Regression Models: Censored, Sample Selected, Or Truncated Data

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SAGE, Jan 9, 1996 - Social Science - 80 pages
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"What techniques can social scientists use when an outcome variable for a sample (for example, y) is not representative of the population for which generalized results are preferred? Author Richard Breen provides an introduction to regression models for such data, including censored, sample-selected, and truncated data. Regression Models begins with a discussion of the Tobit model and examines issues such as maximum likelihood estimation and the interpretation of parameters. The author next discusses the basic sample selection model and the truncated regression model. Elaborating on the modeling of censored and sample-selected data via maximum likelihood, he shows the close links between the models introduced and other regression models for non-continuous dependent variables, such as the ordered probit. Concluding with an exploration of some of the criticisms of these approaches and difficulties associated with them, this volume gives readers a guide to the practical utility of these models."--Publisher description.
 

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Contents

The Tobit Model for Censored Data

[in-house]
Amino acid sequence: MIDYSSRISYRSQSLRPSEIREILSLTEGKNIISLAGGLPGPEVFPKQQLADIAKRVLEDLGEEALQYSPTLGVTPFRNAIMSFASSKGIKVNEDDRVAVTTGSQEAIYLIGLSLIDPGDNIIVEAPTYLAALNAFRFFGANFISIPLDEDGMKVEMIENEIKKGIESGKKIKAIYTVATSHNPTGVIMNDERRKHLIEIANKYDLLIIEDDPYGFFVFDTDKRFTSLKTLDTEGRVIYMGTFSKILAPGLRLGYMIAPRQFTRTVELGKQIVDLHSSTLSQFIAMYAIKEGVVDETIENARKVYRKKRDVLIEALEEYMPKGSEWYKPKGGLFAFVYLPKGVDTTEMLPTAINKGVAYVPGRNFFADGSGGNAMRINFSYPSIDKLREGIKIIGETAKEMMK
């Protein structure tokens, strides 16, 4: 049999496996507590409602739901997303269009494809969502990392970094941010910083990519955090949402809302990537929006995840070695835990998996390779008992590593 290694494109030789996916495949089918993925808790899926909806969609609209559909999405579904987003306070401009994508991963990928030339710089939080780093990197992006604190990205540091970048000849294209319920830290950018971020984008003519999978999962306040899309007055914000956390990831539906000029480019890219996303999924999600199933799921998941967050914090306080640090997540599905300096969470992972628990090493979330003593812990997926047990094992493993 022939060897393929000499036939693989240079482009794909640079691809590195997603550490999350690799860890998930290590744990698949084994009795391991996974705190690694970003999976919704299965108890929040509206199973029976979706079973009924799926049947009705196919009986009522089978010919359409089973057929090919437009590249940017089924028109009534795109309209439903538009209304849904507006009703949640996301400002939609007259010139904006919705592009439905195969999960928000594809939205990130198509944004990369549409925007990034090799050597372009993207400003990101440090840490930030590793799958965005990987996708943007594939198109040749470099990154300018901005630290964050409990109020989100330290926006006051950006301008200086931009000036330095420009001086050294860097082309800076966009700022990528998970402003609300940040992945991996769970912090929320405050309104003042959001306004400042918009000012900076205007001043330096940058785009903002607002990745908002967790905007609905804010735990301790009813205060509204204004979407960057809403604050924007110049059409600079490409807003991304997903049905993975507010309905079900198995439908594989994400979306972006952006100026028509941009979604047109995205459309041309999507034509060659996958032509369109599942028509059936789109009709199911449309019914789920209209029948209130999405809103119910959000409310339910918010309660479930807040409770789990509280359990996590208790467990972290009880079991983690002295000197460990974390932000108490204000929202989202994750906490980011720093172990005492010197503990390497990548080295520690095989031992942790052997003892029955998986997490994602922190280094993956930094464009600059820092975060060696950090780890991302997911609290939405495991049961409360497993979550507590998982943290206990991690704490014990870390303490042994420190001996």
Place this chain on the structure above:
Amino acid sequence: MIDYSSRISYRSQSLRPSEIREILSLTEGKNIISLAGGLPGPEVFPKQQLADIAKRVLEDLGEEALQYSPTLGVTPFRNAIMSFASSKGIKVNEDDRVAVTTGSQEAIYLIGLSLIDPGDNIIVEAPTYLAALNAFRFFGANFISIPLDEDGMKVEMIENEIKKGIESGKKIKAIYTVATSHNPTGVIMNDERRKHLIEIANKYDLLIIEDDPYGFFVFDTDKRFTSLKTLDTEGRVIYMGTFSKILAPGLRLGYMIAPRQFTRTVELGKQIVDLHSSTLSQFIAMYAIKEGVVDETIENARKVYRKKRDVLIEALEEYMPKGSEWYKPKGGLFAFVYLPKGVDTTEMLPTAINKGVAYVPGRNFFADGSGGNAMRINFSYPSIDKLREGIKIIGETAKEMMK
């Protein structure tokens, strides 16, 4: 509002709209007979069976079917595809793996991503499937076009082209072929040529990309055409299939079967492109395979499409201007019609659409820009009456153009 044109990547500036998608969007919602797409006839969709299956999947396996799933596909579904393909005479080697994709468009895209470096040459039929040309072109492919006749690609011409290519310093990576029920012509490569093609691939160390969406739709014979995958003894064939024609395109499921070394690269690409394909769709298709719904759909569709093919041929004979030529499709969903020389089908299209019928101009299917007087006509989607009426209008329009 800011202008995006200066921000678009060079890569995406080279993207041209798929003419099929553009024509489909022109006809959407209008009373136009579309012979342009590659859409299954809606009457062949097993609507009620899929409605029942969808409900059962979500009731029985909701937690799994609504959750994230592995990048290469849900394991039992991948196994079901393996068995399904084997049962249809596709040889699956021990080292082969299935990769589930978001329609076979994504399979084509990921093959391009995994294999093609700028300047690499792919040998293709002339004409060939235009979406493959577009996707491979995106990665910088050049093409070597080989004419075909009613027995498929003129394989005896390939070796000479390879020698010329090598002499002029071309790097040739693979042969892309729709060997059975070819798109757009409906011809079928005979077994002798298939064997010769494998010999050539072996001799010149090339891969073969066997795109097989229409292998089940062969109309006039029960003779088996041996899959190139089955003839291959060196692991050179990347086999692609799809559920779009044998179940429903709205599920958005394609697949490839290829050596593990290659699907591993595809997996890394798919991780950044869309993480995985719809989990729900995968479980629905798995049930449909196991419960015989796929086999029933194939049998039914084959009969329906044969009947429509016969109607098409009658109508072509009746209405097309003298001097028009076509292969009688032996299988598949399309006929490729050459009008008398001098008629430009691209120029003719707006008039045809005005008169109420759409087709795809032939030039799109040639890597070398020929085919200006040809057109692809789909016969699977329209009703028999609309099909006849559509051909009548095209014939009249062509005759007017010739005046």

12
SampleSelection Models and
33
Extensions of the Basic Models
48
Caveat Emptor
57
The Expected Value of
73
About the Author
80
Copyright

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Page 79 - P. 1994. -Selectivity Bias Correction Methods in Polychotomous Sample Selection Models.- Journal of Econometrics 60: 101-32.

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About the author (1996)

I am an Official Fellow of Nuffield College, Oxford. Between 1997 and 2001 I was Professor of Sociology at the European University Institute, Florence, where my Chair was called ‘ Social Stratification and Inequality’. Before going to Florence I was Professor of Sociology at Queen’s University, Belfast, and, before that, I worked at the Economic and Social Research Institute in Dublin. I am a Fellow of the British Academy, a Member of the Royal Irish Academy and a member of Academia Europaea. I serve as a member of the Scientific Committee of the Centro de Estudios Avanzados en Ciencias Sociales, Juan March Institute, Madrid and on the Scientific Advisory Board of the Mannheimer Zentrum für Europäische Sozialforschung.

My research interests are social stratification and inequality, and the application of formal models in the social sciences.

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